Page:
The United Nations Development Programme in Kosovo published a new report called ‘Perceptions on Transitional Justice’ on Tuesday, outlining the current problems that Kosovo is facing over reconciliation, missing persons, reparations and other key post-conflict issues including media coverage of war crimes topics.
The UNDP report analysed the role of media in reporting on transitional justice issues, comparing the current situation with a previous survey published by the organisation in 2007.
“Although print and electronic media throughout the region still continue to reproduce nationalistic narratives, it is evident that respondents [to the latest survey] can clearly make a distinction between media that are professional in researching and reporting on war crimes,” the report said.
“New media cooperation initiatives in the Western Balkans that cover transitional justice issues have become more visible after the 2007 survey. For example, the Balkan Investigative Reporting Network and Balkan Insight have managed to cover these topics successfully,” it underlined.
The report, based on a public opinion survey of 1,250 people from all Kosovo’s ethnic groups, said that past grievances were still obstructing progress on reconciliation within society.
The survey’s authors interviewed 850 ethnic Albanians, 200 ethnic Serbs and 200 people of other ethnicities in Kosovo.
On April 1st the Balkan Investigative Reporting Network in Albania (BIRN Albania) launched a three year programme, which aims to expose corruption and impunity, through investigative reporting and closer cooperation between journalists and civil society organizations.
The Balkan Institute for Conflict Resolution, Responsibility and Reconciliation of the Sarajevo School of Science and Technology earlier this year asked BIRN BiH to collect data for an upcoming London exhibition by one of Bosnia's leading artists, Sejla Kameric.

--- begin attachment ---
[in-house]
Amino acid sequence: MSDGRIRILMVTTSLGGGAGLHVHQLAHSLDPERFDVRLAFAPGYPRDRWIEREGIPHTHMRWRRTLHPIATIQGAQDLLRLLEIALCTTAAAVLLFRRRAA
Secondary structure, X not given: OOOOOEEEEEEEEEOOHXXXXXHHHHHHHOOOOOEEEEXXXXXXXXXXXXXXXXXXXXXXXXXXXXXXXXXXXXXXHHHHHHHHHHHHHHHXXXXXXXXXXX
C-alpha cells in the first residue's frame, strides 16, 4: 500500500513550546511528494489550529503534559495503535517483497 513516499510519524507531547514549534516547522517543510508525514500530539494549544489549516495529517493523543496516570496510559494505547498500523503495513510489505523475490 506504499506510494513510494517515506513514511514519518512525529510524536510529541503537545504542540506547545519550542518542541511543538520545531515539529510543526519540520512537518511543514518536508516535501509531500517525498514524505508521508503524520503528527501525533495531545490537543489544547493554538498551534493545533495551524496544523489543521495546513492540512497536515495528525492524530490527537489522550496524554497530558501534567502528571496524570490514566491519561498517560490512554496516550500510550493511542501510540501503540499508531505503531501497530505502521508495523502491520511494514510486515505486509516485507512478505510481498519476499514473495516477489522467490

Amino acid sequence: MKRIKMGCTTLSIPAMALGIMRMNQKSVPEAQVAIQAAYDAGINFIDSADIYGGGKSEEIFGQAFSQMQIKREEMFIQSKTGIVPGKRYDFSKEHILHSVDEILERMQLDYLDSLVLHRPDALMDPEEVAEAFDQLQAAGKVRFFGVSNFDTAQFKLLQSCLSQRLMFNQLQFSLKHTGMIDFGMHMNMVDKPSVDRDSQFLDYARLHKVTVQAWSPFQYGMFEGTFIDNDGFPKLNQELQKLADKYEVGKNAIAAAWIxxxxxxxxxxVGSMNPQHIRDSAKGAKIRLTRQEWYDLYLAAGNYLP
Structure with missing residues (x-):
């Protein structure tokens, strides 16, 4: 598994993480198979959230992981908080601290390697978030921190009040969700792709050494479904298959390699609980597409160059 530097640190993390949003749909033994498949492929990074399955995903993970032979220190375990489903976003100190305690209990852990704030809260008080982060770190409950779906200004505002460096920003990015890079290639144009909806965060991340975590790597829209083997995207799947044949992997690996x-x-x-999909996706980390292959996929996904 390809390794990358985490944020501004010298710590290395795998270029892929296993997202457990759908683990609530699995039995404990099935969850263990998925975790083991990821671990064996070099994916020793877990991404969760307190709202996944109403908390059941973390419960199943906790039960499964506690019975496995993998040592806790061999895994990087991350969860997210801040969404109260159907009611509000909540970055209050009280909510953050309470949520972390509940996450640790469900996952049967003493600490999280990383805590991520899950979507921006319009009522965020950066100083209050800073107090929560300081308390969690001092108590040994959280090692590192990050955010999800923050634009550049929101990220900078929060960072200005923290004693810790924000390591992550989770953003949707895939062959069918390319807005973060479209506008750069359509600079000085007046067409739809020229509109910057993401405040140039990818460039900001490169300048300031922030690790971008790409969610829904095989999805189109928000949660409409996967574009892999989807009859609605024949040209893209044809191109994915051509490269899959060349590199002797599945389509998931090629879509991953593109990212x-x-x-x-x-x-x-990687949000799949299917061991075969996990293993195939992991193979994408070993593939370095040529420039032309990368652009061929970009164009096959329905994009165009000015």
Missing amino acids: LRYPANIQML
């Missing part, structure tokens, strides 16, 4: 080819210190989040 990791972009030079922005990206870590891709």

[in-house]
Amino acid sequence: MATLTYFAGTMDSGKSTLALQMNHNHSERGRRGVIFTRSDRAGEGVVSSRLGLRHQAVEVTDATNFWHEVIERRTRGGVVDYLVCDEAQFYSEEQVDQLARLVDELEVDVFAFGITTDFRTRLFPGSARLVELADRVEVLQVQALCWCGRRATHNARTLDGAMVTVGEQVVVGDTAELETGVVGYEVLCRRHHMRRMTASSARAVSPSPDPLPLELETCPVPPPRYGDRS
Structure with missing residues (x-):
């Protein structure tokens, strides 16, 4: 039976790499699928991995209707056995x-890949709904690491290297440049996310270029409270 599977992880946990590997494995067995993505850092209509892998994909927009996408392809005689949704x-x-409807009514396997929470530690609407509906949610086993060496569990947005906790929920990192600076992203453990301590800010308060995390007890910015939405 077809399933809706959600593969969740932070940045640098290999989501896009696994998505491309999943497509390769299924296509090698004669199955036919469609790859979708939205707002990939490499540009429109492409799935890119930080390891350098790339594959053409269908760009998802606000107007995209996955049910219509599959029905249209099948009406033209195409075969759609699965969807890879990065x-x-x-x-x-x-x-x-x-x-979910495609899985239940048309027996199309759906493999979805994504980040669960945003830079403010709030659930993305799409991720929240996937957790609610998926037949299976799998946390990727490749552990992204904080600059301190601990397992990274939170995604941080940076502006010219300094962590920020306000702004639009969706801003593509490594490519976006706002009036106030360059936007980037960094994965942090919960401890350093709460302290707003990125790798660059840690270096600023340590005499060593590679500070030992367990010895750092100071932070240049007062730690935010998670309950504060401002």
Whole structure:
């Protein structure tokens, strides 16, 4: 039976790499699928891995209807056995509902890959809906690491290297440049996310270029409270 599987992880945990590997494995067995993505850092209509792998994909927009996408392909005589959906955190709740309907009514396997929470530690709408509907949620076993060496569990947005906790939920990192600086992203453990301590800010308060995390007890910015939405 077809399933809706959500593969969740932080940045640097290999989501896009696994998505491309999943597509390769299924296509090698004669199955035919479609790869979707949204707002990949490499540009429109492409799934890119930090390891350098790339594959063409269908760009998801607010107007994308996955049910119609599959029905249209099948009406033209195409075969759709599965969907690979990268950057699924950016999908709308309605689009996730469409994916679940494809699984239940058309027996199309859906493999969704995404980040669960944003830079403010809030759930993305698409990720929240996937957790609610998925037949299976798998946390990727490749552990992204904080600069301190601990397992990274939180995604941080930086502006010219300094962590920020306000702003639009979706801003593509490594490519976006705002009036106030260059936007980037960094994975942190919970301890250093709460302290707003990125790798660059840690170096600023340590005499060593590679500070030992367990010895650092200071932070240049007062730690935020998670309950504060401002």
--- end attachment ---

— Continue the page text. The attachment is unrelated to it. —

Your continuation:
The Ministry of European Integration has recently proposed a draft law on interception.
The 10 participants for this year’s Balkan Fellowship for Journalistic Excellence have been chosen.
BIRN's film 'The Majority Starts Here' was shown at the School of Slavonic and East European Studies at University College London on Tuesday.
Jeta Xharra, country director of BIRN Kosovo, was invited to the morning programme of Klan Kosova on Feb. 25 to discuss the 2014 programme for the Balkan Fellowship for Journalistic Excellence.
BIRN’s road-movie documentary ‘The Majority Starts Here’ had its British premiere on Monday at SEESOX (South East European Studies at Oxford), part of the European Studies Centre at the University of Oxford.
Muhamet Hajrullahu, managing editor of BIRN Kosovo, was invited to the morning programme of the national broadcaster, RTK, on February 27 to talk about the 2014 Balkan Fellowship for Journalistic Excellence.
Following the close of the call for applications to the Balkan Fellowship for Journalistic Excellence, the selection committee is set to choose 10 journalists to participate in this year’s programme.
Balkan Insight journalist Elvira Mujkic Jukic was one of five guests on a Huffpost Live cast about the Bosnian protests that was aired on March 5.